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2020-2021 Preview: Miami Hurricanes Women’s Basketball

Coach Katie Meier and the Hurricanes women’s basketball basketball program look to create a storm in the ACC this winter, after another loss early in the ACC Tournament and the departure of Beatrice Mompremier to the WNBA Draft.

NCAA Womens Basketball: Atlantic Coast Conference Tournament - Miami vs Syracuse
Miami Hurricanes guard Mykea Gray holds the basketball on the perimeter against the Syracuse Orange in the ACC Tournament on March 8, 2019 at Greensboro Coliseum (Greensboro, N.C.).
Jim Dedmon-USA TODAY Sports

The Miami Hurricanes are set for another season of competition in the ACC after months of preparation in the midst of a global pandemic, despite no official schedule having been released yet.

“I think we’re going to be very competitive this year,” Miami forward Destiny Harden said. The redshirt junior has been deemed by Miami head coach Katie Meier as the player that has improved the most in the offseason, as she will serve as one of the team’s unifiers.

“We have all our starters returning except for one. I think a lot of players have been working over the summer, and we brought in a couple more pieces. So, I think we’re going to be very competitive,” Harden said.

But the Hurricanes have plenty of strides to make this winter after finishing last season with a 15-15 record (7-11 ACC) and another early exit in the ACC Tournament last March. The Canes will be without forward Beatrice Mompremier to the WNBA Draft in April.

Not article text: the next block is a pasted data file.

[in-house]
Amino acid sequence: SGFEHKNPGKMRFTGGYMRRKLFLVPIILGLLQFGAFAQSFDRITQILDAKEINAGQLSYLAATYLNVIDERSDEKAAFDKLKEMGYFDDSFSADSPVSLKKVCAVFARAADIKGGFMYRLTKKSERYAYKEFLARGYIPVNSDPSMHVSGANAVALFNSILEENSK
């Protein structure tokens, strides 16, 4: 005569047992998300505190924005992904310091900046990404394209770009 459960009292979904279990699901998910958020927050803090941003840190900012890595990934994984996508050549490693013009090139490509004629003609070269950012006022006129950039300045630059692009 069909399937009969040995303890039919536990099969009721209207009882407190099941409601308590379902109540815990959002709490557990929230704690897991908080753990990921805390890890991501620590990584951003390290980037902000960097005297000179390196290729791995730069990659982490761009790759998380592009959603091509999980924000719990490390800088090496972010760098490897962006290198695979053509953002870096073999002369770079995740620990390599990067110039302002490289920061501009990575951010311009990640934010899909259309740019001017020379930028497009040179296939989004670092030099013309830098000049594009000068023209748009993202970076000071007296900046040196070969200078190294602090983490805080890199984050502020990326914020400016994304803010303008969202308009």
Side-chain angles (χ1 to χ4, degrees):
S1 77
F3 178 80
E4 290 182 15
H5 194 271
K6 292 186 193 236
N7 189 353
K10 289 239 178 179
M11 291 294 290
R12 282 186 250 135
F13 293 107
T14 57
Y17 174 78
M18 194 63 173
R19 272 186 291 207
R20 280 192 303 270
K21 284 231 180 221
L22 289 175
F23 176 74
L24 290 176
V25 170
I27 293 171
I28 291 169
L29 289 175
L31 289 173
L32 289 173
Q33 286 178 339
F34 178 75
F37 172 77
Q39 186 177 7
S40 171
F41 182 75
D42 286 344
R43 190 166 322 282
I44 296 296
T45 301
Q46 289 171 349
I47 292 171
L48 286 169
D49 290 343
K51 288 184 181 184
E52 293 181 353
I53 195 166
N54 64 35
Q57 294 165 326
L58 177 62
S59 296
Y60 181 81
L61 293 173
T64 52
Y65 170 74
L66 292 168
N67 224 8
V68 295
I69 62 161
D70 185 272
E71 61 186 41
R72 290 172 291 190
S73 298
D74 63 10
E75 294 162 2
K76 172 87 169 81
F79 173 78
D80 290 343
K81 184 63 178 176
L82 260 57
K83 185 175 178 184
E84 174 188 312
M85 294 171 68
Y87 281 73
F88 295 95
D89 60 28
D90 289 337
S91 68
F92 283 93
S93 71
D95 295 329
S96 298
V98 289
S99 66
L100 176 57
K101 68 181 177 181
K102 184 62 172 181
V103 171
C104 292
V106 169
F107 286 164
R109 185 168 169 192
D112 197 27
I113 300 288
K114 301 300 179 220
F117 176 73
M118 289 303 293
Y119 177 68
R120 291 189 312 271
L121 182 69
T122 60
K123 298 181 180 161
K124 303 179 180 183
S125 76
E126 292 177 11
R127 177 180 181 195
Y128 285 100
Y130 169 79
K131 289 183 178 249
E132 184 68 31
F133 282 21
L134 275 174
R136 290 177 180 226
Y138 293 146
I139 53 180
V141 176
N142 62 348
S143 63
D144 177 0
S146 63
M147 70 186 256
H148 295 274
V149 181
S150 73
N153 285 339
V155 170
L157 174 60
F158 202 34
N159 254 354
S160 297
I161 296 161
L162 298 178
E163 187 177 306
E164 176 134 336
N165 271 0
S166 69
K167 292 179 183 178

Meier, who now enters her 16th season at the program’s helm, believes the program can go further when it comes to success in the postseason besides what her student-athletes have done in the classroom.

“I think that we need to break through the second weekend [and] third weekend in March,” Meier said. “That’s obviously something that we’re trying to do, but I think the 100 percent graduation rate and ten straight postseasons is pretty impressive.”

Also leading the charge for the Canes this year will be senior guard Mykea Gray, who has remained the team’s floor general since her arrival to Coral Gables, Fla., in 2017. The Upper Marlboro, Md., native earned ACC All-Defensive Team honors last season having led the team in steals at over two per game, while also remaining one of two Miami players to start all 30 games played.

“There’s a lot of seniors [and] a lot of people returning,” Gray said. “We know the program and the system very well, so [we’re] basically trying to teach the young ones while also trying to control and help them grow as well.”

Gray added that the right mentality is just as important as the mentoring aspect, stating that she wants to “make sure we stay determined and dominant with what we’re doing and keep trying to get better and better every time we play.”

Entering her final season at UM, Gray knows that she and her upperclassmen teammates will have to make the most of the season, regardless of how that may look from a scheduling standpoint.